Our General Manager at the London Mad Hatter’s Gin and Tea party experience has been working in the events and bar industry for seventeen years. There’s not a lot of issues that Vincent hasn’t seen but he says that this particular project offered some surreal challenges, some very funny moments and, as he puts in his most professional voice, “some unforeseen insights.” - The Mad Hatter's Gin Tea Experience is running up until April 2020.
Here are six of the best!
1). DO PRE-PLAN FOR ALL EVENTUALITIES. When working with creatives eg. actors expect challenges. A lot of the early issues which cropped up could have been averted by better pre-planning. Make sure they have suitable regularly cleaned changing facilities, clothes storage areas, tea and coffee making station and a person who is responsible for their ongoing safety and happiness – preferably a senior manager.
2). DON’T UNDER-ESTIMATE BESPOKE TRAINING REQUIREMENTS. On a project of this complexity, it was never going to be easy to find the right staff because every role was specialised and multi-faceted so most people had experience in one area, but perhaps not another. This meant that training was a ongoing process as each area had to have staff specifically trained on-the-job. Don’t underestimate the amount of training required for complex projects.
3). DO GET INTERNAL FEEDBACK REGULARLY. Feedback from staff and the creative team is vital. Although as a GM you are there daily for all shows, it’s easy to forget that their experience on “the floor” and in session differs from you own so put regular feedback arrangements in place eg. weekly meetings and nightly catch-ups.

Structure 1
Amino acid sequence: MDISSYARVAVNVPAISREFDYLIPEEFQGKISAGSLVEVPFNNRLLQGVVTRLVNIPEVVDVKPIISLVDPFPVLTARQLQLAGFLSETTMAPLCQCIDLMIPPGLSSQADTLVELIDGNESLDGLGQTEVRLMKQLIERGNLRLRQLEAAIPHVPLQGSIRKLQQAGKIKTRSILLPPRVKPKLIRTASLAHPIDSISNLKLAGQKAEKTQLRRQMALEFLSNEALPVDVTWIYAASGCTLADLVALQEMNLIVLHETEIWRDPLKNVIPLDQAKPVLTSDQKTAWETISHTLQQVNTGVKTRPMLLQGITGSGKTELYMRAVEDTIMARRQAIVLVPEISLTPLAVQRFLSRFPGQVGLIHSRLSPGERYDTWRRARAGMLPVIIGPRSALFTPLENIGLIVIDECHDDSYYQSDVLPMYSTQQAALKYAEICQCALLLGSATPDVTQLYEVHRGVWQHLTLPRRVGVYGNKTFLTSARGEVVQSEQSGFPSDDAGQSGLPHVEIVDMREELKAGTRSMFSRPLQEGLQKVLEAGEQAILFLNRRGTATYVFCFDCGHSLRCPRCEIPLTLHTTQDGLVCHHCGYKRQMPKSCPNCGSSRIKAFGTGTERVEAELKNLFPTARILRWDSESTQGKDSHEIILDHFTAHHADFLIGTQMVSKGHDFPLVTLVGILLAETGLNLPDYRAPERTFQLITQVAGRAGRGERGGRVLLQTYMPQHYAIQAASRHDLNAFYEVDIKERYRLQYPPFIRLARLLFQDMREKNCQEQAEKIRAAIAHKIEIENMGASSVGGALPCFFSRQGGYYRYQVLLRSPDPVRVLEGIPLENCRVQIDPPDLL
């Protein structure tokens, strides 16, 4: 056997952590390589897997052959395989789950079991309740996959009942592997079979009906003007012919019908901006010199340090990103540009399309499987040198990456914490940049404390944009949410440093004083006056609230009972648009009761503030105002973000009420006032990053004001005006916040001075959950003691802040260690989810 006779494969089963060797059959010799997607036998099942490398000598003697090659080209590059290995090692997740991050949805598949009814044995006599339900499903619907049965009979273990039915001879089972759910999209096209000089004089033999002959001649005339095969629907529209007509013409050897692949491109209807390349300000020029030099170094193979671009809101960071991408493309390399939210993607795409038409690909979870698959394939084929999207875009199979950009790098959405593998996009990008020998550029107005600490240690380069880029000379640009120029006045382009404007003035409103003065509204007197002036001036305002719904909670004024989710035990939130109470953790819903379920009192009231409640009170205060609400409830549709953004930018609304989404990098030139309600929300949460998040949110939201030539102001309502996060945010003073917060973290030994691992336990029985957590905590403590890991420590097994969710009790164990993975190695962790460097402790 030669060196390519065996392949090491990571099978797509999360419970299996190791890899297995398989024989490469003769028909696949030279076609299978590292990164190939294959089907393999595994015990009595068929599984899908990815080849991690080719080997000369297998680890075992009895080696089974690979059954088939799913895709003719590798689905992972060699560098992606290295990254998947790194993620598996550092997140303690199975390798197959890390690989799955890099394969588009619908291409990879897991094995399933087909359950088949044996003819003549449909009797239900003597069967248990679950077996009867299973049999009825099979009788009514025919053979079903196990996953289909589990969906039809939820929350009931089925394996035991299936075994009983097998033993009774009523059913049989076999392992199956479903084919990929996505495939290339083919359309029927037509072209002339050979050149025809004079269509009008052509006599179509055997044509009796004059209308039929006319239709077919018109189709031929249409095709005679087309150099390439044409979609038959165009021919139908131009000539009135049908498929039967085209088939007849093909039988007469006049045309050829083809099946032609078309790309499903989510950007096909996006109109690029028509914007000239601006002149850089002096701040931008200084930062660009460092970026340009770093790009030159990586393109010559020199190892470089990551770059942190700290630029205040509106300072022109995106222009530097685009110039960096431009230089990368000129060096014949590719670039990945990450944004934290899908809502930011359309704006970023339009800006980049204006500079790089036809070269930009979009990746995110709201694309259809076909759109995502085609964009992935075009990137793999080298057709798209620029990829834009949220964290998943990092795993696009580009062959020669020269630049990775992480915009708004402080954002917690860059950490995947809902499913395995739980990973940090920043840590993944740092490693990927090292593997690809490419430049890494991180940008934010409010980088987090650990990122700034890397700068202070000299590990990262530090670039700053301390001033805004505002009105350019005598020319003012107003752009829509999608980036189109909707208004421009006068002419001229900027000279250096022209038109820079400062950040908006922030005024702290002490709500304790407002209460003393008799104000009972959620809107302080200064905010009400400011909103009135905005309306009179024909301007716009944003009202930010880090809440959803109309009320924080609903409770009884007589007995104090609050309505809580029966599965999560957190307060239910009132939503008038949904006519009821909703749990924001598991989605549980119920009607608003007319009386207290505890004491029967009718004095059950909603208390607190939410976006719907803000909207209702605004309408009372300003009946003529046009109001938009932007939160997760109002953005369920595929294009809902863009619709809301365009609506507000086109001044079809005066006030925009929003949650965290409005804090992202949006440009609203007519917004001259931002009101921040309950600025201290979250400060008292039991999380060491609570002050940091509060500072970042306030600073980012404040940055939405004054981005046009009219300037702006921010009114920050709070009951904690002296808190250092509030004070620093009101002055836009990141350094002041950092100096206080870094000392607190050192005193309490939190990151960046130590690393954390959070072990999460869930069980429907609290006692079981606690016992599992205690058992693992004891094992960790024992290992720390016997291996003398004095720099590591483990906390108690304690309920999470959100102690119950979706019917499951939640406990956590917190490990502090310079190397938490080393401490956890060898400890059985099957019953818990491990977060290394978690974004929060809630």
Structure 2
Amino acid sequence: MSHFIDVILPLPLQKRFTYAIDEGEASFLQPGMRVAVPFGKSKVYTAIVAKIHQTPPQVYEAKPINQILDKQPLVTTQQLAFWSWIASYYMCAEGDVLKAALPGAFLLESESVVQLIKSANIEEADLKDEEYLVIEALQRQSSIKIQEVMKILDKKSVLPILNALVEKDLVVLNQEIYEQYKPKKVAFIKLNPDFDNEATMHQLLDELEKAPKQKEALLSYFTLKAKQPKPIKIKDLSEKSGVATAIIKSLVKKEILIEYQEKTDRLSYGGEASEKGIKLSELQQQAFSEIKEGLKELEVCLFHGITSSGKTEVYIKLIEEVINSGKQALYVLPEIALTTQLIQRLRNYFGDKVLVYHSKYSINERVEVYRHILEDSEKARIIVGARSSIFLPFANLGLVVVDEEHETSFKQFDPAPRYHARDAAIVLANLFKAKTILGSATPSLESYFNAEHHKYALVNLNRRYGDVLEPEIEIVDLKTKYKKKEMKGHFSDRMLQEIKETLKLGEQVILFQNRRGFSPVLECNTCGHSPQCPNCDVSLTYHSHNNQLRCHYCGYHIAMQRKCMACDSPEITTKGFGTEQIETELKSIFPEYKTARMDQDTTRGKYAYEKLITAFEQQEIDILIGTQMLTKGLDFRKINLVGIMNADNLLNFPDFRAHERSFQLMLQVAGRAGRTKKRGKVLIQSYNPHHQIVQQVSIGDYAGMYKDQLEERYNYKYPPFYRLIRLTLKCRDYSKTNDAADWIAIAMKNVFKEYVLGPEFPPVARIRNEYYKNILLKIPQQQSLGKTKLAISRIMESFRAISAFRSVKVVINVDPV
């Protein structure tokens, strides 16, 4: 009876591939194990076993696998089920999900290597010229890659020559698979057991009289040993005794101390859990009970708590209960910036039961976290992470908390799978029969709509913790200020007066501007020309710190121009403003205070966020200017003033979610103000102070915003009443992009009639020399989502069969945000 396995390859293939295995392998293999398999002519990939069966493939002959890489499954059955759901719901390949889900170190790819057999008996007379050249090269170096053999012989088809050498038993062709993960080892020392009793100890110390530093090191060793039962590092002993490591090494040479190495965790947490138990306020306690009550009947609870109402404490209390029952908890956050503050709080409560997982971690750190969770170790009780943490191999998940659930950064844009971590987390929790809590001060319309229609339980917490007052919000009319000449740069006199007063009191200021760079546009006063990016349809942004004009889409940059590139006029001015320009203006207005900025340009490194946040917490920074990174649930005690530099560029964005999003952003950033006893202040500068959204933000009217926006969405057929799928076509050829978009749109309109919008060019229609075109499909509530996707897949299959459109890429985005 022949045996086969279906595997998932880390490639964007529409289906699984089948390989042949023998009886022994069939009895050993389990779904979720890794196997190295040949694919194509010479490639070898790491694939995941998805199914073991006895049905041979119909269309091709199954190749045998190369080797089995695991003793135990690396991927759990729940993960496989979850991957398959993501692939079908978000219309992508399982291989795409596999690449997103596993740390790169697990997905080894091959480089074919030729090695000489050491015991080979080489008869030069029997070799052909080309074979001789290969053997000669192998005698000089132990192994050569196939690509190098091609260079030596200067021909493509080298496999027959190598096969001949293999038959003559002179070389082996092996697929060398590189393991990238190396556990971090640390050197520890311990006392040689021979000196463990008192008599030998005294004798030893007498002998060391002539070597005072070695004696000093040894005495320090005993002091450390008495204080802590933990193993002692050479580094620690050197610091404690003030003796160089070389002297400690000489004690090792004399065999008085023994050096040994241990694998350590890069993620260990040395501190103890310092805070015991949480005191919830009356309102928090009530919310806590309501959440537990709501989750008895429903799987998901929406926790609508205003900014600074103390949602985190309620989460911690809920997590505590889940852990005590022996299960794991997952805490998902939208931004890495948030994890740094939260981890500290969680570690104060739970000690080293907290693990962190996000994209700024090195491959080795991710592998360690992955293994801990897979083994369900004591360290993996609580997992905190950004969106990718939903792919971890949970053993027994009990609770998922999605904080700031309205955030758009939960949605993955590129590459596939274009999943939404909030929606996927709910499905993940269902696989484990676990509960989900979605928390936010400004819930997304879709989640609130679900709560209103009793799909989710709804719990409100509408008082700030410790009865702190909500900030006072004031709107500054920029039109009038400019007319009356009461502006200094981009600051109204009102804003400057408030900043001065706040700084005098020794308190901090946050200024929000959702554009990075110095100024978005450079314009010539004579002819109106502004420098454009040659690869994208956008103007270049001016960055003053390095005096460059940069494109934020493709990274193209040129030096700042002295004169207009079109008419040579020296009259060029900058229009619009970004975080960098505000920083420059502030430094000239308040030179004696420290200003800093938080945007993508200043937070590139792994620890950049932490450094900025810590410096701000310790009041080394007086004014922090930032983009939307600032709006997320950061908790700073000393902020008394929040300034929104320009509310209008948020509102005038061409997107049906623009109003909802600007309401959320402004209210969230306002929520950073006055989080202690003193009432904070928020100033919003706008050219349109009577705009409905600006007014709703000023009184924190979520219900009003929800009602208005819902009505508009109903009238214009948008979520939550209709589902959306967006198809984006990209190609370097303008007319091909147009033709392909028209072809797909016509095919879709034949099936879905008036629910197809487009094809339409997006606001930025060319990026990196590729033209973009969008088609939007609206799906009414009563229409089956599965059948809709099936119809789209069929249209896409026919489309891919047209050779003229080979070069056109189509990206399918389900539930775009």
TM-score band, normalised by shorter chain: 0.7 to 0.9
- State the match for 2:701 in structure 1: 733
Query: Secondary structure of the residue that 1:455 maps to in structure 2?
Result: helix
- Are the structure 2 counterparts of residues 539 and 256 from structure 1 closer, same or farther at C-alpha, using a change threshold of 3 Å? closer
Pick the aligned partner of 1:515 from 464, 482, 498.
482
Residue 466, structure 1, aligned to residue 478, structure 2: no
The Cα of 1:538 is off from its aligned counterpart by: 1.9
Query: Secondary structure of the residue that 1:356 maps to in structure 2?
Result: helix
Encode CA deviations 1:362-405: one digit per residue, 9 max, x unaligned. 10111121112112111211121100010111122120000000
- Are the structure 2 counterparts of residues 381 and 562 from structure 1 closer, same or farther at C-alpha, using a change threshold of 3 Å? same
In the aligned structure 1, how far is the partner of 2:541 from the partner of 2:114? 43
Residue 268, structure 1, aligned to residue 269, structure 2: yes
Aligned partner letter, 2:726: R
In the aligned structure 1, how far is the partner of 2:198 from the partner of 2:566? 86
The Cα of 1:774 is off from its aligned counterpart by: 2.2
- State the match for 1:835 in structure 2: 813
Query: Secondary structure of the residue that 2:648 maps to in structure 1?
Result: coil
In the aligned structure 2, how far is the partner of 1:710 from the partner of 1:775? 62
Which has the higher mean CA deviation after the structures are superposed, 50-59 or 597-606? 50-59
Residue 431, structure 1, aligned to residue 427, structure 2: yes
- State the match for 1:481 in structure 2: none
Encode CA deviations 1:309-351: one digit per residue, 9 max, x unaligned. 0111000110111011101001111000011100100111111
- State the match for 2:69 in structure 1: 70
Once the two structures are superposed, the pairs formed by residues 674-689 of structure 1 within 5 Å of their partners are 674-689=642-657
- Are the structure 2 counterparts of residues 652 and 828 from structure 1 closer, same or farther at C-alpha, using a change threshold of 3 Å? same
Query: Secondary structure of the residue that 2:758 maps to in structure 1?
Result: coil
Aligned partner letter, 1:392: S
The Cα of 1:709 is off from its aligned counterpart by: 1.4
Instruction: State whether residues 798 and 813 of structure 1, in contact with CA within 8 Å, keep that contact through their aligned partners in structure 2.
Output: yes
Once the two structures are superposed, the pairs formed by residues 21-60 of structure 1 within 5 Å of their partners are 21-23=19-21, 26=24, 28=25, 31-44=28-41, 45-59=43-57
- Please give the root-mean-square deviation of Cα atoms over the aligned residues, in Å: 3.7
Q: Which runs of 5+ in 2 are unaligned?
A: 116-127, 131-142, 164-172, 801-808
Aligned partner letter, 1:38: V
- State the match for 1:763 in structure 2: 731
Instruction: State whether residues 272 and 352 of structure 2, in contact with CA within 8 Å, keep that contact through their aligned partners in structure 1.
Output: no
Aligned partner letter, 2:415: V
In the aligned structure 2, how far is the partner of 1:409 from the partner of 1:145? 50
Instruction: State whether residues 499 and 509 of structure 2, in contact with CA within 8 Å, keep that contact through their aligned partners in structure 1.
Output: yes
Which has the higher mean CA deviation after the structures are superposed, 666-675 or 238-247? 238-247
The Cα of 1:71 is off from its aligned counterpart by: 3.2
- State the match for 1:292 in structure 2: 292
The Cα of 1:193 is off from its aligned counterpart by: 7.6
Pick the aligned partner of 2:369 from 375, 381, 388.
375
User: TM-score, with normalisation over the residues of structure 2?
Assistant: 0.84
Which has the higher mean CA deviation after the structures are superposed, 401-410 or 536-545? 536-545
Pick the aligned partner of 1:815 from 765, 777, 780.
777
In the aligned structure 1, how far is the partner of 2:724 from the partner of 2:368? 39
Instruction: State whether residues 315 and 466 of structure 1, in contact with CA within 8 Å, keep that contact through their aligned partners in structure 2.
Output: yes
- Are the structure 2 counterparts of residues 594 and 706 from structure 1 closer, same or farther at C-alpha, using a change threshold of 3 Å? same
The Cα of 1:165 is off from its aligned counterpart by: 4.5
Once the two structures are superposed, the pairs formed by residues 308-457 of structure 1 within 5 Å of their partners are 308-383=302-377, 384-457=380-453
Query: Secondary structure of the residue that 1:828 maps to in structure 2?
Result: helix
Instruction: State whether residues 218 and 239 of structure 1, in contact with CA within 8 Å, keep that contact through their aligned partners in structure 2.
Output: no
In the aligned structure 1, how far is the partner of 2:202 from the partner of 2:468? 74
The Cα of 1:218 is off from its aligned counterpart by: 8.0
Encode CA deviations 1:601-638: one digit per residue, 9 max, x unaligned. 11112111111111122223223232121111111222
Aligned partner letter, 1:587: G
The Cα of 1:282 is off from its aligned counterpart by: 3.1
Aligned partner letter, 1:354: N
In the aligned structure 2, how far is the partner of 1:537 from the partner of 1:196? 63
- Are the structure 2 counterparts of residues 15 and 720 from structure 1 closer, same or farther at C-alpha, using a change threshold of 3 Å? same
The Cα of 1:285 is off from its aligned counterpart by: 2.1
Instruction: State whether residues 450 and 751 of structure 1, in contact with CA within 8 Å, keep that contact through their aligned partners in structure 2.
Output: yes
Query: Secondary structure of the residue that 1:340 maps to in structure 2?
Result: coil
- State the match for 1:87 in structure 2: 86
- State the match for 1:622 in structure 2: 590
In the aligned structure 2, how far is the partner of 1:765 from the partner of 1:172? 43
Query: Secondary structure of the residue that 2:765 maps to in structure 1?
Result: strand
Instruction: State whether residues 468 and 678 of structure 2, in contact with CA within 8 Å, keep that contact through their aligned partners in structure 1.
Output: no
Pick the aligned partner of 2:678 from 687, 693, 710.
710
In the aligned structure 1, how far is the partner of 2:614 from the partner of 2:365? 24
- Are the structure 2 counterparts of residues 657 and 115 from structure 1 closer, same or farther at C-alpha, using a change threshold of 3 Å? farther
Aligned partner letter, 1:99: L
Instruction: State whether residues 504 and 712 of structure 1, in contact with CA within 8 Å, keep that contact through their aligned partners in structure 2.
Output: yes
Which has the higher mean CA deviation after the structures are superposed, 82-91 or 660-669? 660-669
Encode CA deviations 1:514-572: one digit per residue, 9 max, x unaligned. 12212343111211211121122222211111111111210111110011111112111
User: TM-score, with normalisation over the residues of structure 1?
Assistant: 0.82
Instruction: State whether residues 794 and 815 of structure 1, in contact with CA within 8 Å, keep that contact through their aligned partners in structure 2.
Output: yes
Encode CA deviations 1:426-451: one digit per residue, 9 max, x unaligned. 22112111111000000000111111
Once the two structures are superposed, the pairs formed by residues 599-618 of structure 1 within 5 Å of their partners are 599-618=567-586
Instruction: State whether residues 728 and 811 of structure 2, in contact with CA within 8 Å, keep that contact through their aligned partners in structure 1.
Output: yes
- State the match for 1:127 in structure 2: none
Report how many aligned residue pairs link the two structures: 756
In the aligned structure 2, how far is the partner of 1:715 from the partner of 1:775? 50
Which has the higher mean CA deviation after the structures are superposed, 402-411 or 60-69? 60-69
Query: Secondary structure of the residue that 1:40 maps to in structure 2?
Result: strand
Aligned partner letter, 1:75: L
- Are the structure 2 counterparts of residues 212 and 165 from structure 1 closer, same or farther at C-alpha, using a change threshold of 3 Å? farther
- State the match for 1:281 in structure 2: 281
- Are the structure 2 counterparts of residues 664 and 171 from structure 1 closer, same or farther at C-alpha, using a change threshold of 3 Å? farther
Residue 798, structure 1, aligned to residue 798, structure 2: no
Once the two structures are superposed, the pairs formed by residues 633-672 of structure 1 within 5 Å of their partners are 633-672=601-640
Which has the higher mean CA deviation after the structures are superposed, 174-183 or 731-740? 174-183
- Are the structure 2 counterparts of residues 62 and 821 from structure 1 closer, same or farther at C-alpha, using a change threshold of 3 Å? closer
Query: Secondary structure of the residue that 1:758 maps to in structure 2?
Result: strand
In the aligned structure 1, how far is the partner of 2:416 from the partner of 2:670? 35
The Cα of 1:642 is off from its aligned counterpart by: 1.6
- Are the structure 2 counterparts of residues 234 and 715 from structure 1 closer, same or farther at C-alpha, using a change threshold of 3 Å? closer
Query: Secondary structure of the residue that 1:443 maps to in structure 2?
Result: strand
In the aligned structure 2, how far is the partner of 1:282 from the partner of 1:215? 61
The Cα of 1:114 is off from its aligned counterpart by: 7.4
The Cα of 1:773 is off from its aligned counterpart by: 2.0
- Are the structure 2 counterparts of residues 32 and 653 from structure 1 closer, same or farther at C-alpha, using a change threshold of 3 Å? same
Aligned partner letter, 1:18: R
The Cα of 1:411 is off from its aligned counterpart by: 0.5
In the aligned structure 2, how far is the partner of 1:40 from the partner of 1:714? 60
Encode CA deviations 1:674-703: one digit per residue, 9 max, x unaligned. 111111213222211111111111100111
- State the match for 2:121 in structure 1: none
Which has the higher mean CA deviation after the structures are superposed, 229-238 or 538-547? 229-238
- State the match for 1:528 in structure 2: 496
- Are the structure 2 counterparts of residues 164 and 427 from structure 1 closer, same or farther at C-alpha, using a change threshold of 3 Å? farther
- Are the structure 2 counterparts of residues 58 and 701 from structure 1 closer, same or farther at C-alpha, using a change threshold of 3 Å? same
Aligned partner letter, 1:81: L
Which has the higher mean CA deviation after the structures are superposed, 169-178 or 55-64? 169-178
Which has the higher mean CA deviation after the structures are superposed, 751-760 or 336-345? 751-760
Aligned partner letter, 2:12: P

4). DON’T IGNORE THE SMALL THINGS. In a set-up this intricate, small problems can soon grow if unchecked. A sound system which had a small crackle, and feedback on some of the mics, which we assumed were just general minor sound issues turned out to be a serious problem with the amplified and speaker system which needed replacing.
5). DO BRACE FOR THE UNEXPECTED. We offer six shows on a Saturday. Previously, we tried to re-set the individual stages for each show within a 30 minute window. That’s possible as long as nothing goes wrong. For instance if, say, a member of the public is unwell and is sick in all three main areas, they have to be shut down until they can be thoroughly cleaned. This had a knock-on effect on re-setting the whole venue causing the next show to be delayed We now have an hour to re-set between shows.
6). DON’T OVERWORK YOUR STAFF. This past winter has been tough in terms of sickness but our dedicated staff come in regardless, knowing that we don’t have a big team to fall back on. We schedule in downtime to give them as much rest as we can before the next busy shift. We also reward in small ways – but they work long hours and late nights – so keep an eye on their wellbeing at all times!